criswell at illinois.edu
Thu Jul 28 15:16:06 PDT 2011
On 7/28/11 4:40 PM, David A. Greene wrote:
> Chris Lattner<clattner at apple.com> writes:
>> On Jul 25, 2011, at 3:22 PM, Jason Kim wrote:
>> Great point. A potential conversion to git should be motivated by its
>> benefits - assuming no development policy change - and that benefit
>> needs to be greater than the various costs of conversion.
> Here are the most important benefits I see for the LLVM projects:
> - git greatly simplifies the work for groups that want to keep a private
> repository for internal development but eventually want to move that
> code to the public repository. Right now, there is NO tool support
> for doing this. It is a royal pain.
> - git allows different groups to share a codebase outside of
> master/upstream. Think of two academic research groups who want to
> explore a new transformation but don't want that work pushed to the
> public until it's done and published. This kind of development has no
> support whatsoever in svn.
Just to offer an alternative perspective on the above point, I suspect
that one of the reasons why maintaining out-of-tree code is such a pain
is because people are adding their passes into LLVM instead of using the
LLVM projects system.
For those unfamiliar with it, the LLVM projects system allows external
software source trees to link into LLVM's build system. Source code in
the project uses LLVM header files and libraries just like in-tree code,
and project Makefiles look nearly identical to LLVM's Makefiles. The
whole purpose of the project system is to allow people to write their
own LLVM passes in their own source trees (which, of course, can live in
its own revision control system) as if they were writing in-tree code.
Moving code from a project into LLVM shouldn't be terribly difficult,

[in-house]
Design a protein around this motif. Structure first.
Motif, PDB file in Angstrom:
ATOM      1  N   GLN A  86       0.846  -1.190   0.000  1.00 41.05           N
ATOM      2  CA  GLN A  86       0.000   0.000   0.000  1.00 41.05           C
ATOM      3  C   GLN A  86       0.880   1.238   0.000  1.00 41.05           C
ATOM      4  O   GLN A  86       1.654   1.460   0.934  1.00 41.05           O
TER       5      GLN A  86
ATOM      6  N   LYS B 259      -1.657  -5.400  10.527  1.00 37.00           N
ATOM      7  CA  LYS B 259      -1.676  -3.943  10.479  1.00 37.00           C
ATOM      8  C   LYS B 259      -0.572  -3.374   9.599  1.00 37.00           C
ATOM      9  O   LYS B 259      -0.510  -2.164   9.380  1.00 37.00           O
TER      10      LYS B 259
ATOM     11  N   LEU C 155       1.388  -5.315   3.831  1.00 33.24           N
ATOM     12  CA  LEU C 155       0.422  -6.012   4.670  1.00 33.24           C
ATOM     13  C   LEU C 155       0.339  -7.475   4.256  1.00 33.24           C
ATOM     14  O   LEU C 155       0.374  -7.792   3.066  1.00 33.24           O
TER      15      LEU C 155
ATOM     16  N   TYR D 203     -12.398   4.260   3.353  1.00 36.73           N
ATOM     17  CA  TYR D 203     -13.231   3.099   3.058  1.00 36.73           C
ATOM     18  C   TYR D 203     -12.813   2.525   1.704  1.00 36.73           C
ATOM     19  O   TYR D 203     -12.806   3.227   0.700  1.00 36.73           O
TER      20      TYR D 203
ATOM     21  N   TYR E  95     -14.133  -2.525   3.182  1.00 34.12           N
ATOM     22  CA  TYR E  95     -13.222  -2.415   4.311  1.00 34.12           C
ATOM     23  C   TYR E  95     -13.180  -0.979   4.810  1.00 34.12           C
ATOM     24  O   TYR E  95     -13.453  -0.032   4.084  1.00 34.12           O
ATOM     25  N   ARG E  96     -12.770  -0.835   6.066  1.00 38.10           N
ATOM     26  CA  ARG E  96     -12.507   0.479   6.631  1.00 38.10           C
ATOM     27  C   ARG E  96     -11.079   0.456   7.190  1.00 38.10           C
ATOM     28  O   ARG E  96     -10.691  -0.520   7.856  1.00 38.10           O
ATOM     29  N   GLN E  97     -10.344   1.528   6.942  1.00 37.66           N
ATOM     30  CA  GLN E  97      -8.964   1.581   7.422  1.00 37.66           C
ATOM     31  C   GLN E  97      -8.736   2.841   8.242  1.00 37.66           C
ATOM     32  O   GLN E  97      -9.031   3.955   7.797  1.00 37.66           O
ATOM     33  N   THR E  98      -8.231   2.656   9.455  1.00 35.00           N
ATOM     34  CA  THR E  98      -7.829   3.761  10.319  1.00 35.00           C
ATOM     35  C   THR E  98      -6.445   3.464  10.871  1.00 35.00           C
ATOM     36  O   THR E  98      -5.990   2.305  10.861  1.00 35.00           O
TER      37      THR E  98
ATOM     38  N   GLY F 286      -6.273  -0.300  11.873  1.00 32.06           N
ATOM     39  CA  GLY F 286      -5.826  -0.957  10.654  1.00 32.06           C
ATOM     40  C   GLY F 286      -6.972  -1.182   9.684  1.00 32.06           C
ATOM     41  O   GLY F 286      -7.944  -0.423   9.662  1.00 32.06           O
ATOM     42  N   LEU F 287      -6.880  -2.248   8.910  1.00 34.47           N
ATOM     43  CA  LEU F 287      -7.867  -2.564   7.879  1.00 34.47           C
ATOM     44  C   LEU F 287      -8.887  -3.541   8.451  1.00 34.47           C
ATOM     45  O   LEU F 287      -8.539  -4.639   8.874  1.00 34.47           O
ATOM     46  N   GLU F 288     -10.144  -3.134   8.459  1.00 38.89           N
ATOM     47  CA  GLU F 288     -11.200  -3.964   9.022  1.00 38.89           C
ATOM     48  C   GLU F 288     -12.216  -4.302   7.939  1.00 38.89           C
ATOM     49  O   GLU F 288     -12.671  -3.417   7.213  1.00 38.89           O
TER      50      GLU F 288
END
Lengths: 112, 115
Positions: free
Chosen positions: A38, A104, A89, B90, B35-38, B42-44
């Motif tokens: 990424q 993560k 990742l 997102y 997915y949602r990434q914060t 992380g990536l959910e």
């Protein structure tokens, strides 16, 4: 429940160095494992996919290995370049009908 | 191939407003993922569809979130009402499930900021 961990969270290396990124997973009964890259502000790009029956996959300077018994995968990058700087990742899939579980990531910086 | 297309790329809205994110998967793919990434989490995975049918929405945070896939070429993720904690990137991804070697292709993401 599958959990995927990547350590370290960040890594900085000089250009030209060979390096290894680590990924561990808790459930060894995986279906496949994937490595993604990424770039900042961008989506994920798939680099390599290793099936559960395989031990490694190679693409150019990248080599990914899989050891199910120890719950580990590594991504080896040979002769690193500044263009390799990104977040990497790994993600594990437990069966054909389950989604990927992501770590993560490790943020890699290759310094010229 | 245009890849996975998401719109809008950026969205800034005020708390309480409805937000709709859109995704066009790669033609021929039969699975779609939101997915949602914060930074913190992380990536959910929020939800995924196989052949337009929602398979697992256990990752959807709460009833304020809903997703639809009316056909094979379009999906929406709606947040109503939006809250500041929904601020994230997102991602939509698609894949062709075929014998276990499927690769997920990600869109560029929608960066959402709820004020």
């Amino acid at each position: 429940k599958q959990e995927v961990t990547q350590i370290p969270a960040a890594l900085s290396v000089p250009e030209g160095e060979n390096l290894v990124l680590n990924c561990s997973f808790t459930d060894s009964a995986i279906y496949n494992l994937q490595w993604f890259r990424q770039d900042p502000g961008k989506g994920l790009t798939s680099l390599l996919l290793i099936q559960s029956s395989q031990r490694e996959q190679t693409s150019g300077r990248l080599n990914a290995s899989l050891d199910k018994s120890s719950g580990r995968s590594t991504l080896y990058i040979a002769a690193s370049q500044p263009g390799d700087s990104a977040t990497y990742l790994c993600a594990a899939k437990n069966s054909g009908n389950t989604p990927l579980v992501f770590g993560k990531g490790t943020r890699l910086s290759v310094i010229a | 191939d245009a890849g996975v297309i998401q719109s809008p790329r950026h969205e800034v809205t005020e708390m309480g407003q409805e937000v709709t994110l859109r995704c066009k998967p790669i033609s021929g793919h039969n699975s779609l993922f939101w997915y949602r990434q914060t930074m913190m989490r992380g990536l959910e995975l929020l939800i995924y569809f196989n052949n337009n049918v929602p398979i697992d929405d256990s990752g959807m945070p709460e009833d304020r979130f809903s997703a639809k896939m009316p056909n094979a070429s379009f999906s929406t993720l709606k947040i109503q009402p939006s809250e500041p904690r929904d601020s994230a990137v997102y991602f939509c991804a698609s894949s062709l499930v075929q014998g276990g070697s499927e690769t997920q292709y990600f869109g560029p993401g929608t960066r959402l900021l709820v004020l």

especially if you write it so that the code is within the llvm namespace
and you create a local include/llvm tree for header files (aside: we
didn't do this for SAFECode, which made the SAFECode patch to LLVM more
difficult than necessary to create. Live and learn).
The projects system is used extensively here at Illinois (the publicly
available SAFECode and Poolalloc projects use it, and we have another
three internal projects using it) and is documented at
I think the main drawback of the projects system is that it doesn't work
for modifications of LLVM (including core LLVM changes, changes to
existing transforms, and code-generator changes). However, for writing
transform/analysis passes and LLVM-based tools, it works fine.
-- John T.
> - git provides a set of tools built-in to interact with the submit patch
> -> review -> update patch -> submit patch iterative process. I'm
> thinking mainly things like git send-email, git rebase -i and git add -i.
> - git allows easy backtracking of decision points, allowing one to
> explore a line of development and then reformulate the set of commits
> made before actually sending them upstream to master. For me, it is
> more helpful to be able to just code up a feature and once it's
> working, go back and break out the individual patch sets into logical
> groups. I tend to poorly anticipate how a feature/fix should be
> presented to upstream before I've actually implemented it. git
> decouples those two activities.
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